The Trial Of Bradley Manning As Seen By A Career Soldier
By Tim Gatto
27 July, 2013
After the details of My Lai, a Vietnamese village that was destroyed and men, women and children killed by U.S. Soldiers came out, and the military had selected their fall guy for the massacre, Lt. Calley, we in the Army were subjected to constant classes on when to follow or when not to follow orders. We were told that there are legal orders and illegal orders, and that following illegal orders, would be well...illegal. If an enlisted man followed what he knew to be an illegal order, not only would the person that gave the illegal order be held responsible, the person that carried out the illegal order could also be charged.
It all sounds good, but it reality it is as the Brits say, "A bit of a sticky wicket". This is because in the military, they also teach you to follow orders immediately, if there is a question about what orders to follow, bring it up later. In combat, when your life is on the line, and also the lives of your comrades on the battlefield with you, the best thing is to follow the orders even if it means putting your own life on the line. This is because the "fog of war" in the midst of battle is usually better seen (but not always) by the command that has a better picture of what is taking place.
We were given class after class as to what is an "illegal order". Discussions were held, and looking back on it, the classes were really a reaction to the media's portrayal of the military during and directly after the My Lai trial, for public consumption, and to raise the morale of the troops when many in the military were ashamed of atrocities committed in Vietnam. This was a way to let the public and the troops know that the military was addressing some of the unspeakable horrors of war and they were trying to do something about it. In reality, this was a public relations operation.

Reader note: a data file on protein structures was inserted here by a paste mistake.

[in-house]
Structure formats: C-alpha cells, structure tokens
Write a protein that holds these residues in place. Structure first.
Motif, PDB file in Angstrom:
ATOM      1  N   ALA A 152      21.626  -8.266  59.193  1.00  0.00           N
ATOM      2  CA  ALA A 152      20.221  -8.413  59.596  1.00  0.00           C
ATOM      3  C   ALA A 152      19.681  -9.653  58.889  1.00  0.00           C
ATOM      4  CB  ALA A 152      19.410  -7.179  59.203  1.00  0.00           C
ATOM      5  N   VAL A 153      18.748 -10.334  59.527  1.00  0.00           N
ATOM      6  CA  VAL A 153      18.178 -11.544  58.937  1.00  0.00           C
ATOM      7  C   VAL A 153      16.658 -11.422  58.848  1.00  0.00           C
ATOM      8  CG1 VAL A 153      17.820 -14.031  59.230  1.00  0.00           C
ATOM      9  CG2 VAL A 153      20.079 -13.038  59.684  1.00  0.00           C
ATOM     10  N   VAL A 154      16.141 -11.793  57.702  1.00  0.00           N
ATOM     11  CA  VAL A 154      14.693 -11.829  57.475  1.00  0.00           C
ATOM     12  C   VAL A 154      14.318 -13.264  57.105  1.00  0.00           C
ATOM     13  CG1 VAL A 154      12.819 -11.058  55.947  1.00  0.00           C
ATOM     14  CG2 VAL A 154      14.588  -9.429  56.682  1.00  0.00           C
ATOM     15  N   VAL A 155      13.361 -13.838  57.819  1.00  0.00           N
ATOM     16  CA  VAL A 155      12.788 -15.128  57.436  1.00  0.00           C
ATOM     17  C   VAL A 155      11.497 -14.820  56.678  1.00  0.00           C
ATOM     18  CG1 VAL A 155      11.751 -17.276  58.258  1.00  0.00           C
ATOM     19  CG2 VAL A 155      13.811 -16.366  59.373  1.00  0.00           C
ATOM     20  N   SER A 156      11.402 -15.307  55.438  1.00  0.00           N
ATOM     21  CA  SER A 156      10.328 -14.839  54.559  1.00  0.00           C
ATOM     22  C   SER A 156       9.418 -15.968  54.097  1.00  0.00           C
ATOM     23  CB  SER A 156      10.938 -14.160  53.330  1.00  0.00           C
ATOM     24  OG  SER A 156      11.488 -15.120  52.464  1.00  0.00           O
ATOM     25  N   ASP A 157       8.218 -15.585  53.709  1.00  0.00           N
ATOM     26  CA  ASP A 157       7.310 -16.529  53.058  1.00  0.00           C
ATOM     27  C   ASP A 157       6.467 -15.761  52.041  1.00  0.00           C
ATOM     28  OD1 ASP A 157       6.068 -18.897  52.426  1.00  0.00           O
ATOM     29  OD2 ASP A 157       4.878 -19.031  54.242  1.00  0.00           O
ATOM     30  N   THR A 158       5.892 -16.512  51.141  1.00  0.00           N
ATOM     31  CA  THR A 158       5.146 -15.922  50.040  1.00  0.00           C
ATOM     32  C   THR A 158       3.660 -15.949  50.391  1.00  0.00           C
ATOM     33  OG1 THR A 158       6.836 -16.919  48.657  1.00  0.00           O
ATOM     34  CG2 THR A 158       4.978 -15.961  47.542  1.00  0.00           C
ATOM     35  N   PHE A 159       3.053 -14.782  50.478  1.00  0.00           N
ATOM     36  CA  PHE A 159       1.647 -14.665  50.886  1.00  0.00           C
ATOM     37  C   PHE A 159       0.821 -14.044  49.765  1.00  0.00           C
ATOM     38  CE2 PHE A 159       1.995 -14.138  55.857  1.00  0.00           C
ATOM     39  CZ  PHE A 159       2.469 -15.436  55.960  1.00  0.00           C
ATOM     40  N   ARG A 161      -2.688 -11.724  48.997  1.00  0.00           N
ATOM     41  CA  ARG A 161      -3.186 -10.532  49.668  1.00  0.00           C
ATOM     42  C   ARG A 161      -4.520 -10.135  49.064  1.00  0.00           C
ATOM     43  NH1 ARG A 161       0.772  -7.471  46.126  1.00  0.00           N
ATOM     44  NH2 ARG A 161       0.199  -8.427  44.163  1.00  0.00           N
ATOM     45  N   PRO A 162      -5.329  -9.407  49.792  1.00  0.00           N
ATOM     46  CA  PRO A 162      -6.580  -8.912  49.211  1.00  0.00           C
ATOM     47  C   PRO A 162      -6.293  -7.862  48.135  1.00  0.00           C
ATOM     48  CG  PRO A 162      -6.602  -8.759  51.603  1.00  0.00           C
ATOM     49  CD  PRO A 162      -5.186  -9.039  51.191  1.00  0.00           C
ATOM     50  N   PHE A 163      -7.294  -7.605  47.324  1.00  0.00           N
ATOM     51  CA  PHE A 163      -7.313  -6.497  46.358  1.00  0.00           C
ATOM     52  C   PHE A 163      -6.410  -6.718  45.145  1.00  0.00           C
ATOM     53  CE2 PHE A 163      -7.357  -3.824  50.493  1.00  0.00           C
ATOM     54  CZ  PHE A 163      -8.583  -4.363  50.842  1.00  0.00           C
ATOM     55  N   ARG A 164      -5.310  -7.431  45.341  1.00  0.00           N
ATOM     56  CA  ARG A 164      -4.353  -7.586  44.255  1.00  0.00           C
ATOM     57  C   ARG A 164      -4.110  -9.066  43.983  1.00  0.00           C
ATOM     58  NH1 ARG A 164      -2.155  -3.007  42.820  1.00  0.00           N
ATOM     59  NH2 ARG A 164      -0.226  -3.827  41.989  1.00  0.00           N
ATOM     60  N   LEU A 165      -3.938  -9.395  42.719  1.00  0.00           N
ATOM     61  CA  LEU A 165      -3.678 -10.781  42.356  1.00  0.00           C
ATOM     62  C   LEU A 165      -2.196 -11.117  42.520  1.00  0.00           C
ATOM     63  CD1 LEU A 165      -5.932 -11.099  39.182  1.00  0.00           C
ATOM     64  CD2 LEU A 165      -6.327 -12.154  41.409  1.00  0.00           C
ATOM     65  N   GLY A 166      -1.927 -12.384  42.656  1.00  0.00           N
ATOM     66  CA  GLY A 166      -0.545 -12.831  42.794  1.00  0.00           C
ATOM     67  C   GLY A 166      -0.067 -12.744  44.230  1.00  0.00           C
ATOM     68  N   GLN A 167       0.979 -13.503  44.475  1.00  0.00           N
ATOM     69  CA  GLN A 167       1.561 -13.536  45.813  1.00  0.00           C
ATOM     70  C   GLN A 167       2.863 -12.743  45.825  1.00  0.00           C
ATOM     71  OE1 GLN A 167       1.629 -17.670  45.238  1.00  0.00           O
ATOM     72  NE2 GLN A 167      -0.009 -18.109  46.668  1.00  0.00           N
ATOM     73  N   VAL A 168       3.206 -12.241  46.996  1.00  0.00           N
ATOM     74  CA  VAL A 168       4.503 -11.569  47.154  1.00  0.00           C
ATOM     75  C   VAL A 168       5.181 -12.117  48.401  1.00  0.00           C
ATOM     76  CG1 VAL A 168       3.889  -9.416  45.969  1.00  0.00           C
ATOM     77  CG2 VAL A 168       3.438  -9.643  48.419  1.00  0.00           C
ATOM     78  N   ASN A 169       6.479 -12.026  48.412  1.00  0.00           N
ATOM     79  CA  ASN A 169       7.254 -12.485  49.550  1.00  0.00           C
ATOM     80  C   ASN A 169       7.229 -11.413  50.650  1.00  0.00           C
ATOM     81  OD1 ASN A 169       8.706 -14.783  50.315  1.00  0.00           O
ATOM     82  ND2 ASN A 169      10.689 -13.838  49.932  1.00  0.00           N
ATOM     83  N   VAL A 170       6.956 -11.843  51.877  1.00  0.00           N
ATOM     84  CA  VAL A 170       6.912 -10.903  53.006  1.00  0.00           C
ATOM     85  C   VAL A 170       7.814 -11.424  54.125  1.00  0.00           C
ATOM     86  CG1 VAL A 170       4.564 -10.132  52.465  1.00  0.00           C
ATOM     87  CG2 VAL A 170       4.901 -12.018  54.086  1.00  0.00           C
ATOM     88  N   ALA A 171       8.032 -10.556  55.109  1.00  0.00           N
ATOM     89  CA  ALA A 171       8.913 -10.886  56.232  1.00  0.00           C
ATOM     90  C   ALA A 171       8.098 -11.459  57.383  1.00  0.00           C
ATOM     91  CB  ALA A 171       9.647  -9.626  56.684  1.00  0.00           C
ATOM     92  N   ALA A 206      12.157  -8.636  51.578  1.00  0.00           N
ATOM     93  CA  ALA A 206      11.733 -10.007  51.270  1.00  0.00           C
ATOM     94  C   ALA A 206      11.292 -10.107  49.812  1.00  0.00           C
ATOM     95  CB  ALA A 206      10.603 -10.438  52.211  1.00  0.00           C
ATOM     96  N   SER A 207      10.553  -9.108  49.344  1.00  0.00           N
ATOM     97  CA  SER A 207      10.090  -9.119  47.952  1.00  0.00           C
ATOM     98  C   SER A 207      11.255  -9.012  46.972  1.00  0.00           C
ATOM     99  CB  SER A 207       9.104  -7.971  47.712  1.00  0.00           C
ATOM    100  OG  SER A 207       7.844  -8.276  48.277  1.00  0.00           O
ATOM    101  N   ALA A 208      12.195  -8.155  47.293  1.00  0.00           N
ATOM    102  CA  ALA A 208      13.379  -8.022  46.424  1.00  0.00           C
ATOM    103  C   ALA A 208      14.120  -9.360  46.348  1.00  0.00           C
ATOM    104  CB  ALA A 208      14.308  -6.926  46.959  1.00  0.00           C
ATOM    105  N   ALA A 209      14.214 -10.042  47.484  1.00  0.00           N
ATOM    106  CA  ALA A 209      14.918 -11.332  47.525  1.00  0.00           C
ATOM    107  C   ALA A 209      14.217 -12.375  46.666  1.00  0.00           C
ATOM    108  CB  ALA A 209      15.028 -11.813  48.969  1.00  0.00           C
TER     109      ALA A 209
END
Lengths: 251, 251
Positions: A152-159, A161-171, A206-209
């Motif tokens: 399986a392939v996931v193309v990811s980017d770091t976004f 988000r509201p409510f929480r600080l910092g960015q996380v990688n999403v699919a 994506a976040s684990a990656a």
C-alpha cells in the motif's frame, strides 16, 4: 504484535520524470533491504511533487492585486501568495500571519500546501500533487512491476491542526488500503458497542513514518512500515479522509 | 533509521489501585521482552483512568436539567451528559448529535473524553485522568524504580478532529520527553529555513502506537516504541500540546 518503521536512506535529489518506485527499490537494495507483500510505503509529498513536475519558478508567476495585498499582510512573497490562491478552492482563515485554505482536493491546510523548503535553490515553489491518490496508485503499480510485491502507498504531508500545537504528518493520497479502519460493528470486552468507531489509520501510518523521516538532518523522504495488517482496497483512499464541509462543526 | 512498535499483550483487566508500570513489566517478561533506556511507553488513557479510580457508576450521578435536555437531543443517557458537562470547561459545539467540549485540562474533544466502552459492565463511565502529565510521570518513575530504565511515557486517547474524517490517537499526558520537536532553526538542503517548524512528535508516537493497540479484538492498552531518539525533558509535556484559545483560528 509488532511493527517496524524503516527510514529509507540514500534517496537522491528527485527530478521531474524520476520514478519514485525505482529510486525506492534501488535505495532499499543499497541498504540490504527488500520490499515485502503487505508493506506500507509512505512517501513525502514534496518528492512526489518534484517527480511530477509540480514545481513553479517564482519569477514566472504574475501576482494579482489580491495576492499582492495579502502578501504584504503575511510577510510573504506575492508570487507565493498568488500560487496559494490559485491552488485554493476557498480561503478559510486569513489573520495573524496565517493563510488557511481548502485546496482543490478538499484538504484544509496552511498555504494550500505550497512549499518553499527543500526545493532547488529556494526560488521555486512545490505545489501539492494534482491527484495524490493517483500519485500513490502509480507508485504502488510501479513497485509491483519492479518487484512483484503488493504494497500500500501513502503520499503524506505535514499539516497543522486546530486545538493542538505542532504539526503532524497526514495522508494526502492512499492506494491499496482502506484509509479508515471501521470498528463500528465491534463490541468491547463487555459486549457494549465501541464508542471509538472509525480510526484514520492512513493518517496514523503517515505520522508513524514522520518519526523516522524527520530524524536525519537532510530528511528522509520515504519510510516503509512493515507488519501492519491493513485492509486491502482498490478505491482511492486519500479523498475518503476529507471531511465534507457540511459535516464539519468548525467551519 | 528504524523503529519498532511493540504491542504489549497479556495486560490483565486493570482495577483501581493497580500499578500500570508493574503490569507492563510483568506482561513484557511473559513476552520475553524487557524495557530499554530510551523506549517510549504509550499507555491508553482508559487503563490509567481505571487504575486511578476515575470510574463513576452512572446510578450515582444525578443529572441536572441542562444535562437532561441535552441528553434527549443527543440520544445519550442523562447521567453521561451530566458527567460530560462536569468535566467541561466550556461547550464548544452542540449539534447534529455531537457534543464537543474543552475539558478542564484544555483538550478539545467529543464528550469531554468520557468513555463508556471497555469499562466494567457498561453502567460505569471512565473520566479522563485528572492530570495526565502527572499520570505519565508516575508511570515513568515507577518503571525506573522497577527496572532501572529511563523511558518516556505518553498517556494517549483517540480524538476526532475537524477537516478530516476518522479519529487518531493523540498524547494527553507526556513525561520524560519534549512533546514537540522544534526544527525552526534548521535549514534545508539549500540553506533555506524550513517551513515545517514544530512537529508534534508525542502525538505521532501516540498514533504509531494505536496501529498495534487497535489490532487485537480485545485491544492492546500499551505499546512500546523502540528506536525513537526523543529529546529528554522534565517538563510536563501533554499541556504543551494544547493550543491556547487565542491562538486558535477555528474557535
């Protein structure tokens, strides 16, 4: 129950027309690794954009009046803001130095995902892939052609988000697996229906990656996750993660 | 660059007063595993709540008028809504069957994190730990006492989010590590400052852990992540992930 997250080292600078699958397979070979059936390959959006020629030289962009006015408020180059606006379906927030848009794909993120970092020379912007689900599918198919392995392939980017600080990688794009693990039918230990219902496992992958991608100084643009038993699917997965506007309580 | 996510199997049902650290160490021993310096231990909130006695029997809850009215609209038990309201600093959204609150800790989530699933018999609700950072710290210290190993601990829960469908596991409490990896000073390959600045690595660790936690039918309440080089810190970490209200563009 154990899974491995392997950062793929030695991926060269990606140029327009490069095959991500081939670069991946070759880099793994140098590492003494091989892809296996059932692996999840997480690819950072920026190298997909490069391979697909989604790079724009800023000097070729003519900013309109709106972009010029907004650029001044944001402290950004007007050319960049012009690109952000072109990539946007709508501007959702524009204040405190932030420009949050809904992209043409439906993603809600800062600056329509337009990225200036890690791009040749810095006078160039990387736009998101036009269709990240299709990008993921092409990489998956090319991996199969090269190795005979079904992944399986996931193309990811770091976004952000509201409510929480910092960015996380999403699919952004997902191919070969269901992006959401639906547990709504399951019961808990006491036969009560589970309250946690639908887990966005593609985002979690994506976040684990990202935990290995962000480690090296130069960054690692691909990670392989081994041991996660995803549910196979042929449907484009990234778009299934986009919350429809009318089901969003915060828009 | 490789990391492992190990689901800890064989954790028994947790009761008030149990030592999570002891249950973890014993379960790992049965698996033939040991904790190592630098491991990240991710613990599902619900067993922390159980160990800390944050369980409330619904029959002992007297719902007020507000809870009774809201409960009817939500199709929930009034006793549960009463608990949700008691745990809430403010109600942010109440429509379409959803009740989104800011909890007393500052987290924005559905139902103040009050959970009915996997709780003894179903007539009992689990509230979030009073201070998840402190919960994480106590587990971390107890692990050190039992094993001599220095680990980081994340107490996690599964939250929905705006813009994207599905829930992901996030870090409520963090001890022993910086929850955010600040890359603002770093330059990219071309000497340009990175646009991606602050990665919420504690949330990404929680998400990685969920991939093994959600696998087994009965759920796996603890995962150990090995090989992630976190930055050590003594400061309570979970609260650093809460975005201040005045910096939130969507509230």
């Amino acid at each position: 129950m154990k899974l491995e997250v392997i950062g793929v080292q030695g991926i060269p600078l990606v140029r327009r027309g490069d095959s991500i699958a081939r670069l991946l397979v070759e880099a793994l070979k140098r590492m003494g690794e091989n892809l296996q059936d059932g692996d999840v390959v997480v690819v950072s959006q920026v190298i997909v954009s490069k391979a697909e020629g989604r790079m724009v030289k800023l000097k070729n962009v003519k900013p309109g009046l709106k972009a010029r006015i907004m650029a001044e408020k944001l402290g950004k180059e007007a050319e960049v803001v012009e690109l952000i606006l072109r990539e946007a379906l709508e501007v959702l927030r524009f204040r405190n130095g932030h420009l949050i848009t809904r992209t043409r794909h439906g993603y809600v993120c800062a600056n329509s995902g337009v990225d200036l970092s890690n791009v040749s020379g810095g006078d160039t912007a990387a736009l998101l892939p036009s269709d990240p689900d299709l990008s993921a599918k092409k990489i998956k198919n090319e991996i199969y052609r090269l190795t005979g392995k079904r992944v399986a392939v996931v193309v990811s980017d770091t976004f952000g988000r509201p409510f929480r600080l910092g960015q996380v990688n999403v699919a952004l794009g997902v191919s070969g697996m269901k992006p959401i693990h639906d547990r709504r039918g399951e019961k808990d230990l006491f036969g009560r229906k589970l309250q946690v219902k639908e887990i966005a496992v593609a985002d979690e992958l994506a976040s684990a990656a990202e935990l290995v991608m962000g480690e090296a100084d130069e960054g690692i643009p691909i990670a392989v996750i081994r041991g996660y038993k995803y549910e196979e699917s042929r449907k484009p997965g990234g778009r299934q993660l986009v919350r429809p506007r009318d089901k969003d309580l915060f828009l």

The idea was that if a soldier saw something going on that was not legal according to the Geneva Convention on the Laws of War, that soldier should go to a higher authority and report it. If he didn't have the time, he should refuse to participate and if it was within his power, he should try to stop it. This all sounds reasonable, but in the military, sometimes it is not as cut and dry as one would think.